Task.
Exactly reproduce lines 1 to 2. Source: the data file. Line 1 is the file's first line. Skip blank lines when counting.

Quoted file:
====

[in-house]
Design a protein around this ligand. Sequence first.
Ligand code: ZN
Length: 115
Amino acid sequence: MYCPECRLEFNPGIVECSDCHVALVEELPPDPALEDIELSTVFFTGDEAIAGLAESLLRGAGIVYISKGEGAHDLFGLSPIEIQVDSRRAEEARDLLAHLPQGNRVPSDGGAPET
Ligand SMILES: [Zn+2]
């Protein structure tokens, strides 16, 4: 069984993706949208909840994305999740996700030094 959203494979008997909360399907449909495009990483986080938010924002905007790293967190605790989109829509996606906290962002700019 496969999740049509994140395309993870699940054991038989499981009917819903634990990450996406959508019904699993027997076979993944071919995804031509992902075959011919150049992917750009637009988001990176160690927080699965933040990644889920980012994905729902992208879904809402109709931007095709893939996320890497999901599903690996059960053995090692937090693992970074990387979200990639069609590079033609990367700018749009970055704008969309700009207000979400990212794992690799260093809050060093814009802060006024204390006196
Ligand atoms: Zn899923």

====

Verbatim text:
[in-house]
Design a protein around this ligand. Sequence first.